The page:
GigaPan images of archaeological sites in Saudi Arabia.
It depicts a herding scene with a a bull, sheep, and goats being herded by men and dogs.
This boulder is heavily laden with petroglyphs. It is located just south of The King and Eagle's Nest at Jebel al Sanman, Jubbah.
Qasr al Bint, “Palace of the Daughter or Maiden,” is the largest tomb façade at Mada'in Saleh, with a height of 16 m. It lends its name to the group of adjacent tombs.
In the middle of the Jebel Ithlib is a natural slit that measures 40 m (131 feet), called the Siq, after a similar corridor at Petra.
Dhabiya 2, located near the town of Shamli, in Ha'il Province, has several panels with Arabian horses and riders that are very well executed.
The most photogenic and most iconic symbol of Mada’in Saleh is Qasr al-Farid, a single tomb carved into a small dome that stands alone in the open.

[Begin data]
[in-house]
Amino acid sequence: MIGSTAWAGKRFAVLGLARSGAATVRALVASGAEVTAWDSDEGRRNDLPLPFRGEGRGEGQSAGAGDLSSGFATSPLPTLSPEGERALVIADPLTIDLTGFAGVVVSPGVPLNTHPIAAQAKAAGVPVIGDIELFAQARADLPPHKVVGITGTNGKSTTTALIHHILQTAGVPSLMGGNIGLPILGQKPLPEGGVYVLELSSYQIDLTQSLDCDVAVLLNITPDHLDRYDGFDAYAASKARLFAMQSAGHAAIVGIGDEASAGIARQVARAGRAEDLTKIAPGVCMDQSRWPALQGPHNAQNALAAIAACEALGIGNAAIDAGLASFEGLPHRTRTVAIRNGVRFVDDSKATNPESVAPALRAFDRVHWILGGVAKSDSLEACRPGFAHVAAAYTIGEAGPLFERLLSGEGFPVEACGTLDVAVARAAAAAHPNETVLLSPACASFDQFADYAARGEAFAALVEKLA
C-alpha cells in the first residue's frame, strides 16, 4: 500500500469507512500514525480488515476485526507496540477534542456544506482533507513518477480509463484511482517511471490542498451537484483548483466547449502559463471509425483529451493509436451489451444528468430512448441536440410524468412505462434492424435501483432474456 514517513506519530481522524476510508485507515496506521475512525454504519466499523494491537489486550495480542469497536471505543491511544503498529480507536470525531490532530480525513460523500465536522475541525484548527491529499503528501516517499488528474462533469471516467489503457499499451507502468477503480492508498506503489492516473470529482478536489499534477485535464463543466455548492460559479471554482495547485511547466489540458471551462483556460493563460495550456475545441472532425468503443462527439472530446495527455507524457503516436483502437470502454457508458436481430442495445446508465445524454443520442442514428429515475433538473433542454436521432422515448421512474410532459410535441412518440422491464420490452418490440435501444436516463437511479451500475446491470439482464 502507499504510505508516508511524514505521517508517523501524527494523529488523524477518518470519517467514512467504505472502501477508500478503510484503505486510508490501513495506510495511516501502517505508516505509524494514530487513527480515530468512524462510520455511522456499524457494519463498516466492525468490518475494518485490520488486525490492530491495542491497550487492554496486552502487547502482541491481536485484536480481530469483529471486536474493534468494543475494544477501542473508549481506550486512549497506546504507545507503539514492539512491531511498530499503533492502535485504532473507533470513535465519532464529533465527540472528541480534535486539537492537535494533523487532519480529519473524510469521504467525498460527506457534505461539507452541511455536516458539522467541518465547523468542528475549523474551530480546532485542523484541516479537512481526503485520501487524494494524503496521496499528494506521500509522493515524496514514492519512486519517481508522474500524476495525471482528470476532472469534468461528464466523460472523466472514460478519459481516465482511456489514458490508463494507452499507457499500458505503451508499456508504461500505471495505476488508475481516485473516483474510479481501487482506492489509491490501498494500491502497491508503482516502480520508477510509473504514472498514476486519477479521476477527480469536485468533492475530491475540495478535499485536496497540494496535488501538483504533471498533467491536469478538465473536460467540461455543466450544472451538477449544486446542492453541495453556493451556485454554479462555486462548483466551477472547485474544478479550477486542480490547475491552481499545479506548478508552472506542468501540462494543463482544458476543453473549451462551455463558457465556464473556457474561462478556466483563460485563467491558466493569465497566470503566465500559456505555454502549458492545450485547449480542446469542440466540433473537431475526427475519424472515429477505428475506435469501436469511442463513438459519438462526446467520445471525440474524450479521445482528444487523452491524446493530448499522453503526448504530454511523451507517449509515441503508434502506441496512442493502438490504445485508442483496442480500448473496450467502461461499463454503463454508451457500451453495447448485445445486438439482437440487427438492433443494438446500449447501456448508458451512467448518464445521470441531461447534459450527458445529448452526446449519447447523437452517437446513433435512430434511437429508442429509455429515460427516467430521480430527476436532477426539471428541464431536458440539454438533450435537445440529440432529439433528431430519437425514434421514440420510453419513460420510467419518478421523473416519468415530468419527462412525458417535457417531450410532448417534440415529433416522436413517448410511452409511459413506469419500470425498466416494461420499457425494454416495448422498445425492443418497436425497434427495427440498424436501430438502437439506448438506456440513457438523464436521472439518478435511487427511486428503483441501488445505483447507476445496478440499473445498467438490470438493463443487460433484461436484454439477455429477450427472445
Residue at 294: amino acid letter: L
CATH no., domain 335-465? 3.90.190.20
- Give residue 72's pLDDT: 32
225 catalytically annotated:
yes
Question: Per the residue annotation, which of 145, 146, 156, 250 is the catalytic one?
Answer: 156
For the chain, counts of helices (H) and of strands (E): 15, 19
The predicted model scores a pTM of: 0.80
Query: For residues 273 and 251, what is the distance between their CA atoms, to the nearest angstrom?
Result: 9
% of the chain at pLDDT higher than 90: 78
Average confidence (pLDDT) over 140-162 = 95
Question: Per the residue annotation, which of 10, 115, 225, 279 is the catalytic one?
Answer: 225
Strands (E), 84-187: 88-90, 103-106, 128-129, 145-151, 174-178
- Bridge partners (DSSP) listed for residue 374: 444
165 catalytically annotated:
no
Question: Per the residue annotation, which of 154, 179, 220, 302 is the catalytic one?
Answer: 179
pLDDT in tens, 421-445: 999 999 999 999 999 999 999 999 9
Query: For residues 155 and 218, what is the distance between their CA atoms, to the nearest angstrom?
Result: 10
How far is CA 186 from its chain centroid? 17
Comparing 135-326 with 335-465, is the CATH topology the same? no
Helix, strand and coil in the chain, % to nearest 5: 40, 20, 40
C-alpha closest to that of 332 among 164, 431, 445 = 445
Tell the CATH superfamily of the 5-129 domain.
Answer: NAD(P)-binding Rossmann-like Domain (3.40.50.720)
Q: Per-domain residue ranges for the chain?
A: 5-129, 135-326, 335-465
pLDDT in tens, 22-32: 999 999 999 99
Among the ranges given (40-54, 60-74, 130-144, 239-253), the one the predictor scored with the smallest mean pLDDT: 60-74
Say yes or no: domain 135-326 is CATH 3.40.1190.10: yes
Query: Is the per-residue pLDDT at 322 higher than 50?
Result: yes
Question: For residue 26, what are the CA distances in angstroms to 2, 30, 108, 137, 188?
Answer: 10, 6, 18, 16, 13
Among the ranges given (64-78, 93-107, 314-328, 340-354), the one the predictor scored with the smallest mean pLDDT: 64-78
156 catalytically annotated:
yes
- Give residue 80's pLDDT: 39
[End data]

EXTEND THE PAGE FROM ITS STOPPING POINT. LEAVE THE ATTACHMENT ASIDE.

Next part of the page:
Sporadic small figures on this rock are sprinkled about its face. It is unusual in having three lions depicted. A chariot with multiple spokes is pulled by two equids and one man is driving it. Camels are also shown, as well as one domestic bull.
Area C is an outcrop in the southeastern part of Mada'in Saleh that contains numerous tombs, dating to 16-61 CE.
This excellent panel of petroglyphs was discovered on 24 January 2010 by Dr. Majeed Khan and the Carnegie Museum of Natural History team in the Bir Hima region of Saudi Arabia, in Najran Province.
A delicately balanced block of sandstone (or hoodoo) at the top of this hill attracted the attention of ancient artists in southern Saudi Arabia.